“Slip” is as cheerfully playful as Autechre ever get, but is underpinned by exquisitely layered percussive loops, “Glitch” sparks with blue static electricity like a Van de Graaff Generator and the ten-minute “Further” describes a stalagmite-ridden cavern dripping with icy water. Even when Autechre go all out melodic on “Nil” everything is drenched in reverb and delay. Only the noodling “Nine” and out-of-place masonry-crunching “Teartear” feel vaguely out of place.
Amber hasn’t dated anywhere near as much as Incunabula, and to this day remains a unique entry in their discography, from that conventional but stunning photographic artwork recreated here on the beautiful gatefold sleeve that cleverly obfuscates exactly what it is you’re looking at until closely inspected, through to the ambient, almost neo-classical nature of its Junoesque content.
If you only buy one of this first batch of Autechre reissues, make it Amber.
Tri-Repetae, or “How America learned to love Autechre”
[Bleep] Another year later and Booth and Brown showed no signs of slowing down, and in a genius move, Wax-Trax! and TVT released the US-exclusive Tri-Repetae++ that included the Garbage and Anvil Vapre EP’s on a bonus disc. Little wonder, then, that this helped to really cement the duo, given the quality of output from an outfit that released some of their finest early work on EPs rather than LPs.
As much as the razor-edged, almost bass-free “Dael” would like to suggest that Tri-Repetae heralds the moment where Autechre excise emotion and ambience from their sound, distancing it from their first two albums, it’s a liar. If anything, it’s as though Incunabula and Amber conceived a baby while listening to hip-hop and it grew up to become a more sophisticated and slightly cynical sibling.
Just listen carefully to that brilliantly curated opening salvo of tracks: a simultaneously cushioning and extremely strong bridge between them. How are the swelling metallic tones, fizzling percussion and emotive violin strings of “Leterel” that different to tracks like “Silverside” or “Piezo?” Surely the brushed aluminum coated bubbles of “Clipper” resemble the reflective sheen of much of Amber whilst also containing a turbo-charged thud that could first be heard on tracks like “Doctrine?”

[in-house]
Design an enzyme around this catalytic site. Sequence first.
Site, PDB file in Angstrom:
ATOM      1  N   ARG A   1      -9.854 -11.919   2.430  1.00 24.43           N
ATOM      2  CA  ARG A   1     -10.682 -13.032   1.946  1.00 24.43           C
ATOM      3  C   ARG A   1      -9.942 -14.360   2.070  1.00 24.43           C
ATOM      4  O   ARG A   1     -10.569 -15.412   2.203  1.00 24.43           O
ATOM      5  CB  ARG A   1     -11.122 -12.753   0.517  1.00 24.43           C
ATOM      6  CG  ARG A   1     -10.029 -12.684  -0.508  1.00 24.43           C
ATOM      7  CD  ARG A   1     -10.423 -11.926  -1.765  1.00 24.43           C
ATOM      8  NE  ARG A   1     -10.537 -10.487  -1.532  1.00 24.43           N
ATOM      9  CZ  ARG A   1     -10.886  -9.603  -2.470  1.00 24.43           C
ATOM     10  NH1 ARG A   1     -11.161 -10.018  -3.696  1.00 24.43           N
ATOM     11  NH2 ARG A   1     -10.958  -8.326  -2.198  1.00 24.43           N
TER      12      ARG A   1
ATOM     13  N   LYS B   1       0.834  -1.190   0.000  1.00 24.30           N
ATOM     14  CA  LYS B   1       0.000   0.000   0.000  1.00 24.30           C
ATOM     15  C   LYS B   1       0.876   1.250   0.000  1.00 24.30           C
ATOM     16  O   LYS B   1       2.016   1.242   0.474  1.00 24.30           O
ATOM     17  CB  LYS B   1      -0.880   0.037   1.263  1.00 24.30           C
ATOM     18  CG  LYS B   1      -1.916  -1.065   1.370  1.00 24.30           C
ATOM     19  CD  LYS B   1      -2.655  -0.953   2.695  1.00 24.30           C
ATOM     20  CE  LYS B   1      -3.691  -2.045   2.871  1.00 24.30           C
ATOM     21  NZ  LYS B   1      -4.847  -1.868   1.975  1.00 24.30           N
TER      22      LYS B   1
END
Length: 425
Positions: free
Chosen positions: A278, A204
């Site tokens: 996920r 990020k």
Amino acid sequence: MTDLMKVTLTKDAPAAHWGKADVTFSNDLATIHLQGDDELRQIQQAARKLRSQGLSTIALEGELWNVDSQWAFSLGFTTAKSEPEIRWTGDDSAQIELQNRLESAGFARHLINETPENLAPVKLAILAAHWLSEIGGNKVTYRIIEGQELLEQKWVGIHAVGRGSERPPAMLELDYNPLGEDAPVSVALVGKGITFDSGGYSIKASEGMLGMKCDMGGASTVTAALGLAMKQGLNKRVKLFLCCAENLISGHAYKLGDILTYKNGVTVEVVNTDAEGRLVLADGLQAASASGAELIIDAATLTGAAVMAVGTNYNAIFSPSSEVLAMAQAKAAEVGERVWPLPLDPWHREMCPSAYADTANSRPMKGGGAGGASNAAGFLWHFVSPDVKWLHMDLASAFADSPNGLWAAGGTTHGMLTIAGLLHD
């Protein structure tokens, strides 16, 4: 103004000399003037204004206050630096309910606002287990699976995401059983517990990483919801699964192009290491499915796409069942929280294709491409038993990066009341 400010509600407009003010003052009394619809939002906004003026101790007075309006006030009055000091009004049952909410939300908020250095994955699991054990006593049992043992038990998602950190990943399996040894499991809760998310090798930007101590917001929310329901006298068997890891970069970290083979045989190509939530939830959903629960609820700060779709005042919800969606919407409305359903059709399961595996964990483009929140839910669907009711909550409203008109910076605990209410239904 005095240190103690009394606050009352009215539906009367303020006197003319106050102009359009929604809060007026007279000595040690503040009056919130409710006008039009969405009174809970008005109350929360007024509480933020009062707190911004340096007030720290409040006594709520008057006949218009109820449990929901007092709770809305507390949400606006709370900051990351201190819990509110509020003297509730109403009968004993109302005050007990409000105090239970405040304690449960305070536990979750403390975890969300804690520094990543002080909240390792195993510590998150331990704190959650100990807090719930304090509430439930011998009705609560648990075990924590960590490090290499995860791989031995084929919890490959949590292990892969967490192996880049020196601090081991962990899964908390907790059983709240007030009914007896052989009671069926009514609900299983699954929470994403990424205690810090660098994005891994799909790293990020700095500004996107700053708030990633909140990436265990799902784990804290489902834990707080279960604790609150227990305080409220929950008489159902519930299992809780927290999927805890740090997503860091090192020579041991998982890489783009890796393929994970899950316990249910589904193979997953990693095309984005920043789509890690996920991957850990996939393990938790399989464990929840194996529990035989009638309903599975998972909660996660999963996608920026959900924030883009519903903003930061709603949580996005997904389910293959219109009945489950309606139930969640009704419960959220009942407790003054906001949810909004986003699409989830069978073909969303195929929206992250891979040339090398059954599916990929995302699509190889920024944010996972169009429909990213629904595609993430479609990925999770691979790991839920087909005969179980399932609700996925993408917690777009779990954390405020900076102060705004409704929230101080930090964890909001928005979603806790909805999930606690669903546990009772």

It’s with the phone-line glitch and chatter of “Rotar” that things take a turn for the stranger, with a Plaid-like ear for melody and rhythm, the crystalline sound of Amber still present. The pace-quickening, pitch-bent madness and frenetic chatter of “Eutow” together with the sub-bass and cavernous soundscapes of “Overand” neatly bookend the smoke-belching funk of “C/Pach” and gastric gurgles in “Gnit.”
The wow and flutter, tinnitus bursts and low-key scissor slicing “Stud” and the delay-drenched outro “Rsdio” both arguably overstay their welcome a little, but in general it’s clear that Tri Repetae is far better paced than previous offerings. Tri-Repetae has certainly stood the test of time a little better than its parents in spite of effectively being a dialed up version of previous glories, and itself spawned one of the duo’s best loved EPs.
No gatefold this time, but a wide-spined outer jacket with slightly but more pleasingly green metallic ink than the original issue plus that black sticker housing two inner sleeves with the disturbing full-color inner artwork. Warp have made sure that in spite of the minimal design, this still looks amazing.
And don’t forget everyone, it’s complete with surface noise.